|Birth: ||Jan. 26, 1907|
|Death: ||Sep. 20, 1994|
Dr. Justin H. Adler , a Memphis arts patron and one of the city's first psychiatrists, died Tuesday. He was 87. "He was an elder stateman in the field. He was a very fine gentleman," said Dr. Allen Battle, a University of Tennessee, Memphis, psychiatry professor. He died at his Memphis home of heart failure. Dr. Adler was born in Gruenstadt, Germany. He graduated from the University of Heidelberg medical school in 1933, the year Adolf Hitler was named Germany's chancellor. Dr. Adler opened a medical practice in Berlin, but left Germany for Memphis later that same year after the Nazis barred Jewish physicians from practicing. Memphis was already home to Dr. Adler's uncle, Herman Adler, who in the 1920s built the Adler Hotel, at the intersection of Main Street and Linden Avenue, and the Tennessee Hotel, now site of the Radisson Hotel. Dr. Adler completed his psychiatric training at Baltimore's Johns Hopkins University School of Medicine and Western State Hospital in Bolivar, Tenn. In 1938, when he opened his first office at 20 S. Dunlap, he was the city's fourth psychiatrist.d author William Faulkner. Dr. Adler was a former Baptist Memorial Hospital chief of psychiatry. He also taught anatomy and psychiatry to University of Tennessee, Memphis, medical students. He also owned the former Adler Nursing Home and Carrol Turner Sanitorium. He never retired from medical practice. He was also a longtime supporter of the Memphis art community and served on the board of Dixon Gallery and Gardens. In 1991, he and his wife, Herta, donated their collection of 300 pieces of English and American pewter to Dixon. This year, the couple lent Tiffany objects to an exhibition at the Dixon. They also donated 132 pieces of Judaica that form the basis of the Temple Israel Museum, which opened in June. The Adlers also donated objects to the National Ornamental Metal Museum and other Memphis museums and galleries. He was a member of Temple Israel, B'nai B'rith and a founding member of Beth Sholom Synagogue. He was also a member of the Memphis and Shelby County Medical Society, the American Medical Association and the American Psychiatric Association. He is survived by his wife, Herta; two daughters, Hedda A. Schwartz and Susan A. Thorp, a political columnist for The Commercial Appeal, both of Memphis; a son, Michael H. Adler of Parkland,, Fla., and three grandchildren. The family requests any memorials be sent to the Temple Israel Art Fund or Dixon Gallery and Gardens.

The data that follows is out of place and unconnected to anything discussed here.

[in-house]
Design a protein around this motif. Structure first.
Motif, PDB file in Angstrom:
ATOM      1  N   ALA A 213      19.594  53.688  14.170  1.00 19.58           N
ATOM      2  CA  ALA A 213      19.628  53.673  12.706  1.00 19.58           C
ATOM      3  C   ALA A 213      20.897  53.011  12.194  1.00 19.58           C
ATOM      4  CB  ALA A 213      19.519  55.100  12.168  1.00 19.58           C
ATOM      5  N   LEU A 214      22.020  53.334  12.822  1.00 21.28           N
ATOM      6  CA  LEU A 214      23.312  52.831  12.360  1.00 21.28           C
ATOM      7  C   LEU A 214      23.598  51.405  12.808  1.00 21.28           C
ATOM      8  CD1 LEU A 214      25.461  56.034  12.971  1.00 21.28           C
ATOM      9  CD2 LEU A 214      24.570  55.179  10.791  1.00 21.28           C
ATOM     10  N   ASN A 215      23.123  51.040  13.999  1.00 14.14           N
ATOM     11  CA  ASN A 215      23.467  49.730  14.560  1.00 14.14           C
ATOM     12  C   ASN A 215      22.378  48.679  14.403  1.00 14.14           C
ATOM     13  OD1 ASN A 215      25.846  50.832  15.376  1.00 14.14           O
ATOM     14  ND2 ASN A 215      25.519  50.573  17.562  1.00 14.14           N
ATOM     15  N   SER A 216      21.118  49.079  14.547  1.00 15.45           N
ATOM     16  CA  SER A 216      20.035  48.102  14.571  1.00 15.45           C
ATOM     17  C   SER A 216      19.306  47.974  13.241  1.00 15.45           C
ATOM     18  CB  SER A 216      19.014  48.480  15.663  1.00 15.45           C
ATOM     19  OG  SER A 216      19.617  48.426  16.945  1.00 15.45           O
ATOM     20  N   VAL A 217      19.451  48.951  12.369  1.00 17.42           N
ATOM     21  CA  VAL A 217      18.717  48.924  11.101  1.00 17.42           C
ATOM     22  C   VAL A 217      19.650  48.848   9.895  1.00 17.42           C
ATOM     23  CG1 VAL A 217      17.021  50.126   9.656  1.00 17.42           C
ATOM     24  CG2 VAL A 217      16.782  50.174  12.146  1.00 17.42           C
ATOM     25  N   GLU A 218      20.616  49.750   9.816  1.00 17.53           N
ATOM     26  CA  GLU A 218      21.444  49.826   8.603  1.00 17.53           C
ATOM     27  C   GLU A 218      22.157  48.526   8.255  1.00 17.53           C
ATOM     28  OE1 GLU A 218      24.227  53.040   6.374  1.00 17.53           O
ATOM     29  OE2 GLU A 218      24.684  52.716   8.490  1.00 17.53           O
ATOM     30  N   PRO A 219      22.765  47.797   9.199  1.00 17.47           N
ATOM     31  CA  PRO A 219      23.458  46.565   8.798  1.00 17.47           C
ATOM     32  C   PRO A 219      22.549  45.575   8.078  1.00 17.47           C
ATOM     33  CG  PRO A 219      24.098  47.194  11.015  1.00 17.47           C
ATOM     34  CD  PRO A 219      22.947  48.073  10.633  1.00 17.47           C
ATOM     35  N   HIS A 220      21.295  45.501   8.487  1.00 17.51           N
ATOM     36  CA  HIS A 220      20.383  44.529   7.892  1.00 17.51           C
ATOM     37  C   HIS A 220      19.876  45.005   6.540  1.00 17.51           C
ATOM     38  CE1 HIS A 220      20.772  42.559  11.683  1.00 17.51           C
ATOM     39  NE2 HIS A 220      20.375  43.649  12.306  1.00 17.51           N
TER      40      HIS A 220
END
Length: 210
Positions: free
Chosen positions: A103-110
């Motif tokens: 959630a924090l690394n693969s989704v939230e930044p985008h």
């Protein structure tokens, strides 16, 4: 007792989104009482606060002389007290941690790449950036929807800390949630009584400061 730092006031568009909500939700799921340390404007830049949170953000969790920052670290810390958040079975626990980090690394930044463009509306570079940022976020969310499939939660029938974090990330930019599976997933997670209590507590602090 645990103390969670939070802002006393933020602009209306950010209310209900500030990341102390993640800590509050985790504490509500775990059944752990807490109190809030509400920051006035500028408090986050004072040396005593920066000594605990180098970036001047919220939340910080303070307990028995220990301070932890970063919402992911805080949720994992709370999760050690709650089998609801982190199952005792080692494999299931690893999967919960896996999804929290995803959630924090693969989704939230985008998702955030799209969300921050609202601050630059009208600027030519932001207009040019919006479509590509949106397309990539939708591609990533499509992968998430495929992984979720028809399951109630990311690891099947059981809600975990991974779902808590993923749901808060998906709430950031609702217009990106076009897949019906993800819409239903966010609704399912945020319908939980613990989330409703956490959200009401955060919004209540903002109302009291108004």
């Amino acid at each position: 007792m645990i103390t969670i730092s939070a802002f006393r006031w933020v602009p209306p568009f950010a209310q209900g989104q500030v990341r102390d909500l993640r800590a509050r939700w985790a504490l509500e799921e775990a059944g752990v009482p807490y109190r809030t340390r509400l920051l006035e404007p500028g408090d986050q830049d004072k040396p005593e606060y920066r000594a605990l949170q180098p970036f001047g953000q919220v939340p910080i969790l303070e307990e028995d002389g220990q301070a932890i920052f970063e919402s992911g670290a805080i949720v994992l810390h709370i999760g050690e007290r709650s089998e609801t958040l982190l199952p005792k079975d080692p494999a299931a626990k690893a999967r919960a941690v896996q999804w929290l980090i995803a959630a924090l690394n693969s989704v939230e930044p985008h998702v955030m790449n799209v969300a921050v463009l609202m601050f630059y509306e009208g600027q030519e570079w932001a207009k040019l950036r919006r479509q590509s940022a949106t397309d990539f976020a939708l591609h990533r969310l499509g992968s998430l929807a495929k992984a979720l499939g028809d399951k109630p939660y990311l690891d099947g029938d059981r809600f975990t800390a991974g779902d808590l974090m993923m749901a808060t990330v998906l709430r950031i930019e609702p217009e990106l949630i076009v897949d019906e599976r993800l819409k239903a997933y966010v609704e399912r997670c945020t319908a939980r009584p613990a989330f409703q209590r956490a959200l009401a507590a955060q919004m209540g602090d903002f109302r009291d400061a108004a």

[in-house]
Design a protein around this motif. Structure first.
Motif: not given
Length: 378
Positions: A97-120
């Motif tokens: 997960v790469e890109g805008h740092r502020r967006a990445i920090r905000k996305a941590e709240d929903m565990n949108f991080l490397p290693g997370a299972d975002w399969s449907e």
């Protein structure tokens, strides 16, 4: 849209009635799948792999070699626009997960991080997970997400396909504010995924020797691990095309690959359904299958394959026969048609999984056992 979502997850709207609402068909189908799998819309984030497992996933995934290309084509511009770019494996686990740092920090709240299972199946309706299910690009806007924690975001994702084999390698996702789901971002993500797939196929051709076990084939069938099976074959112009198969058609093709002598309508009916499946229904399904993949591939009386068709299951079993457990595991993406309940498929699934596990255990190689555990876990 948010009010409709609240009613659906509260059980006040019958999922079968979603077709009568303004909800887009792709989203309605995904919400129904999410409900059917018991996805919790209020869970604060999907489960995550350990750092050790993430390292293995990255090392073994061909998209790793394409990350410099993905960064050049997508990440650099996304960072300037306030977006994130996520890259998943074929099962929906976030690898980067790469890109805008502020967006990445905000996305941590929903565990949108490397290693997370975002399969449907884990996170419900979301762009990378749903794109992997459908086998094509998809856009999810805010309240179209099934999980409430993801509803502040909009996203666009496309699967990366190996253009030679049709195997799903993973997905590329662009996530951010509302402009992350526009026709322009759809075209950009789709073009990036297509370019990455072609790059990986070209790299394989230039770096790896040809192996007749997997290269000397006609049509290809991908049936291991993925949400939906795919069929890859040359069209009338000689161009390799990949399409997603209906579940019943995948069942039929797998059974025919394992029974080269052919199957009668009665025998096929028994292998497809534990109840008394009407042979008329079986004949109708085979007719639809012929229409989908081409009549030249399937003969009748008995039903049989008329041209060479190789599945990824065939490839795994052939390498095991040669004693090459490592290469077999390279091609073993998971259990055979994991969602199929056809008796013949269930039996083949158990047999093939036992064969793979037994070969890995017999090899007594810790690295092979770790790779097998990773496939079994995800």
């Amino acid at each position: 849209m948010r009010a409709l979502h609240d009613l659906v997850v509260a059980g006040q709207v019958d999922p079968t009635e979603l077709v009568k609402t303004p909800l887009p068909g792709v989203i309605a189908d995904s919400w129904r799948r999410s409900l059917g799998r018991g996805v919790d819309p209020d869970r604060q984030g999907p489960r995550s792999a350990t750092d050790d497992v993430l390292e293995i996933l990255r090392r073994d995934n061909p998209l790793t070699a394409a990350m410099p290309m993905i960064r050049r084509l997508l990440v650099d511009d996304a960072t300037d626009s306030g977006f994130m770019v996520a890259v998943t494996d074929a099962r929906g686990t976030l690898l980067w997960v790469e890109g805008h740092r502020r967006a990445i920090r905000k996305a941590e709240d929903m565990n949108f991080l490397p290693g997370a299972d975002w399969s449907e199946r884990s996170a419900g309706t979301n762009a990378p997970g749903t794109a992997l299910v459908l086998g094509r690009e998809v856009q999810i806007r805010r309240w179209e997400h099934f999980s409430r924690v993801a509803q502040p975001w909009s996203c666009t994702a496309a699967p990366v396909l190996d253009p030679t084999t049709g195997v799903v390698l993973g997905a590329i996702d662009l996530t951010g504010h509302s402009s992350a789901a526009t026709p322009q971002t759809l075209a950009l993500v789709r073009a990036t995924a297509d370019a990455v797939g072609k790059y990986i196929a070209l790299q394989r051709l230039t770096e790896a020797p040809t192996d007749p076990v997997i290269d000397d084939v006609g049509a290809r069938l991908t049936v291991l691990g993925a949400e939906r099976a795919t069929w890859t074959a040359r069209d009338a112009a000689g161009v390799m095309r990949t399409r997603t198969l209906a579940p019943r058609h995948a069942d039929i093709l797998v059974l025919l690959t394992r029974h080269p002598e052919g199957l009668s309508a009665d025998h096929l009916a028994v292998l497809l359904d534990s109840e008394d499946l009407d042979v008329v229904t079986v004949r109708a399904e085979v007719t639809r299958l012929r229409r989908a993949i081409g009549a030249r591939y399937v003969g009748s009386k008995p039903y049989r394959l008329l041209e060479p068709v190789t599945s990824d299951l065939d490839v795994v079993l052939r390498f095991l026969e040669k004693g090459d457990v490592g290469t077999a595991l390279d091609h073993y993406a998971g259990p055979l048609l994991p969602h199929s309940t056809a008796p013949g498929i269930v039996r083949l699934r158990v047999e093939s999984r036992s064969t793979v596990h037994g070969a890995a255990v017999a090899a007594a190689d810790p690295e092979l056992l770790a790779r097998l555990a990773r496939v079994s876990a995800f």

Funeral services will be at 2 p.m. today in the chapel of Canale Funeral Directors with burial to follow at Temple Israel. (Published in The Commercial Appeal 9/21/1994)
Herta Arfeld Adler (1915 - 2010)*
Temple Israel Cemetery
Created by: Carole McCaig
Record added: Feb 13, 2010
Find A Grave Memorial# 48090093
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